Pomoć za poplavljena područja u Hrvatskoj - Aid for flooded regions of Croatia
Pick the amount and currency e.g. 25 USD.
Click on Autorizacija Kreditne kartice. Next screen will include your confirmation as well as currency exchange into Croatian Kunas e.g.
10 CAD (50.90 KN)
1 Canadian Dollar is about 5 Kunas so don’t despair :-).
Payment info will look like this
Ime is name
Prezime Last Name
Adresa - Address
Grad - City
Poštanski Broj - Postal Code
Država - Country
Telefonski broj - telephone number
Click Doniraj and that should be it.
07 February 2014
Cumulus Networks is a new entrant in the network gear space. What separates them from other players is that they are not selling hardware but their own network focused Linux distribution called Cumulus Linux. Basically you buy a switch from one of their resellers or ODMs then pay Cumulus a yearly support license. There are a number of interesting things you can do like run your own code on the switch as well as use common Linux commands to configure the switch e.g. brctl, ports are exposed as Linux network interfaces etc.
One of the first things we ended up doing is installing Ganglia agent so that we can monitor what’s going on on the switch. Cumulus switch we had was running a PowerPC based control plane so that made things a bit tricky since we couldn’t use any of the amd64 built packages. One way to build PowerPC packages would be to get an old PowerPC based Mac and install Linux on it. Unfortunately that seemed like a lot of work and overkill. I realized we could just use Qemu which is an Open Source machine emulator so I could run PowerPC machine on my own laptop :-). Quickest way to get up and running is as follows.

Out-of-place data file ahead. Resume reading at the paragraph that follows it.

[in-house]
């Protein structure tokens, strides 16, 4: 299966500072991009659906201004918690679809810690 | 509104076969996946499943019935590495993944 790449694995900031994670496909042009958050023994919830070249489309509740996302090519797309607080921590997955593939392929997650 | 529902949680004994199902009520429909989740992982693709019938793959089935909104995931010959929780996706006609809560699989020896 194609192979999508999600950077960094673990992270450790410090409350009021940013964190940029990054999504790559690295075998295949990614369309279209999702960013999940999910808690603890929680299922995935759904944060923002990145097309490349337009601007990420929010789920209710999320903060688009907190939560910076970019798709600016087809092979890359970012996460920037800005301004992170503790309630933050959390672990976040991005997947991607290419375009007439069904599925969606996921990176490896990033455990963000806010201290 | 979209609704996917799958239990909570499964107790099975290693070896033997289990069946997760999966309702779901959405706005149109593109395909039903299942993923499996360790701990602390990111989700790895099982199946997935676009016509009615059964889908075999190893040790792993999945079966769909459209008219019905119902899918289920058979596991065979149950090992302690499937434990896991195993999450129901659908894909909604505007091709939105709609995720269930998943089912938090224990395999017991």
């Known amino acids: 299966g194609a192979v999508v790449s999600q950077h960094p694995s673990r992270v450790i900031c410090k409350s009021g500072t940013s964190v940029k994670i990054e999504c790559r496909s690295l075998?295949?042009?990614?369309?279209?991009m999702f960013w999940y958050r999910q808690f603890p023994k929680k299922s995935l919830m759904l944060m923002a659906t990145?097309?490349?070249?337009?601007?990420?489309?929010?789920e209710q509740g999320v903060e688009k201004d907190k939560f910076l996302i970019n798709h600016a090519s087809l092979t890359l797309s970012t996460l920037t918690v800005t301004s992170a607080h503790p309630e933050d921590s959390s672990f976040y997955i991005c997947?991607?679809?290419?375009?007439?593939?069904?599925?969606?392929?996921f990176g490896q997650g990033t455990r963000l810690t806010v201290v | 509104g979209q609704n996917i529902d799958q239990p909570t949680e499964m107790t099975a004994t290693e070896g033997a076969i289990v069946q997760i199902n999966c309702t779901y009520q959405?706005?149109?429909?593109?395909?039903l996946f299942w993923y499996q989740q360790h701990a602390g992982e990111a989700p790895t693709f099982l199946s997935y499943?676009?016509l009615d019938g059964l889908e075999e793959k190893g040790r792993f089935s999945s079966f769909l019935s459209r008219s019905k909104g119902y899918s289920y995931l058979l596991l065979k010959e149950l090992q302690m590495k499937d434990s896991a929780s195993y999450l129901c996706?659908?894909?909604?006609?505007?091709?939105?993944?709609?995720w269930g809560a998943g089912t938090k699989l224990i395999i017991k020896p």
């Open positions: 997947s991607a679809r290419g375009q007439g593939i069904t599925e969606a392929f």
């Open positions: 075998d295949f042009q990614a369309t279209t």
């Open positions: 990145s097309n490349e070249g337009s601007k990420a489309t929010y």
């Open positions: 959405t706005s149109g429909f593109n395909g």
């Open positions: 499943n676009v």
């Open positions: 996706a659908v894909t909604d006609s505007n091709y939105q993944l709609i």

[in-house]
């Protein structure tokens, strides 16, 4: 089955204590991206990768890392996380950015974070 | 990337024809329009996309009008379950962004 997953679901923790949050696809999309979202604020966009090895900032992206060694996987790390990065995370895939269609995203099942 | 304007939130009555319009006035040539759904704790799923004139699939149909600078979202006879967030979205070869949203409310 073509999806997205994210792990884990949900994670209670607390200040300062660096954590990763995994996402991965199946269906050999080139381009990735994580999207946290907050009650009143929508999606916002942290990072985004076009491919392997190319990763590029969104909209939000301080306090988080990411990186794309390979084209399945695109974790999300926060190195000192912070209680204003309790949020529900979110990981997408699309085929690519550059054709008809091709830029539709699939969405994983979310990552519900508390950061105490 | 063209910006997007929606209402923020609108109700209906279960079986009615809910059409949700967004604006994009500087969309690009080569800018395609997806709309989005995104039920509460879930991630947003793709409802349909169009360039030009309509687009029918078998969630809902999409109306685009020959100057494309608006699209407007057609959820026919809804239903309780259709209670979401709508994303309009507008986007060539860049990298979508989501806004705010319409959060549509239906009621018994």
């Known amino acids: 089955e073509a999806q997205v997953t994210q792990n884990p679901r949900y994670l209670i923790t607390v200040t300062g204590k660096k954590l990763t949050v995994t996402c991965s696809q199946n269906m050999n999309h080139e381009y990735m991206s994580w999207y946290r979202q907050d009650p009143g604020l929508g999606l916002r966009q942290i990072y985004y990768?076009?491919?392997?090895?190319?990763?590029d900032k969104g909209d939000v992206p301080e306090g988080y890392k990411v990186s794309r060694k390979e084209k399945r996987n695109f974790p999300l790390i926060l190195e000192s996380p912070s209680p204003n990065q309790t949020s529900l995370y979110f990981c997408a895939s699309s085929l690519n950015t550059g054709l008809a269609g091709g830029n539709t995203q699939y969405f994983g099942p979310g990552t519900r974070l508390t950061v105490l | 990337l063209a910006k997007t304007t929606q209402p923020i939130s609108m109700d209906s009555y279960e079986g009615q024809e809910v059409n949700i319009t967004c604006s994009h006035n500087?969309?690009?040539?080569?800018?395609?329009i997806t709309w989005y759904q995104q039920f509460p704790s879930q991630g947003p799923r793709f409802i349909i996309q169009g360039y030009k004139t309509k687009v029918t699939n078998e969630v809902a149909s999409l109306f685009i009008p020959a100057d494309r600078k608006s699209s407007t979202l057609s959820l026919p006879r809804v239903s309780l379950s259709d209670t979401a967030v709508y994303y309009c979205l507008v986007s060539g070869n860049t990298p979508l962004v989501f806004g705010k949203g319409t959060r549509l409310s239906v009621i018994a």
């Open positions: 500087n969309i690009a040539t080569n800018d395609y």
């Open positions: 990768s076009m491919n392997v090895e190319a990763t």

On Ubuntu you will need to install following packages
apt-get install qemu-system-ppc openbios-ppc qemu-utils
Warning: Under at least Ubuntu 13.10 openbios-ppc doesn’t seem to work well. If you get a blank yellow screen after you start the install you will need to get openbios from other places e.g. https://github.com/qemu/qemu/tree/master/pc-bios
Once you get those you will need to download Debian Squeeze for PowerPC. You will need to download
as well as the netboot image e.g.
Reason why you need initrd.gz and vmlinux is that if you try to do an install straight off the CD-ROM your install will hang here
Once you have those pieces initiate the install with
qemu-img create -f qcow2 squeeze-powerpc.img 10G sudo qemu-system-ppc -m 256 -kernel vmlinux \ -cdrom debian-6.0.8-powerpc-netinst.iso \ -initrd initrd.gz -hda squeeze-powerpc.img -boot d -append "root=/dev/ram" \ -net nic,macaddr=00:16:3e:00:00:02 -net tap
Now follow the installation process as you would if you were installing Debian or Ubuntu from scratch. When you are done with the install shut down the emulator. Now to invoke your PowerPC emulator execute
sudo qemu-system-ppc -m 256 -hda squeeze-powerpc.img \ -net nic,macaddr=00:16:3e:00:00:02 -net tap
Congratulations you are done. What you end up with is this
root@debian:~# cat /proc/cpuinfo processor : 0 cpu : 740/750 temperature : 62-64 C (uncalibrated) revision : 3.1 (pvr 0008 0301) bogomips : 33.14 timebase : 16570400 platform : PowerMac model : Power Macintosh machine : Power Macintosh motherboard : AAPL,PowerMac G3 MacRISC detected as : 49 (PowerMac G3 (Silk)) pmac flags : 00000000 pmac-generation : OldWorld Memory : 256 MB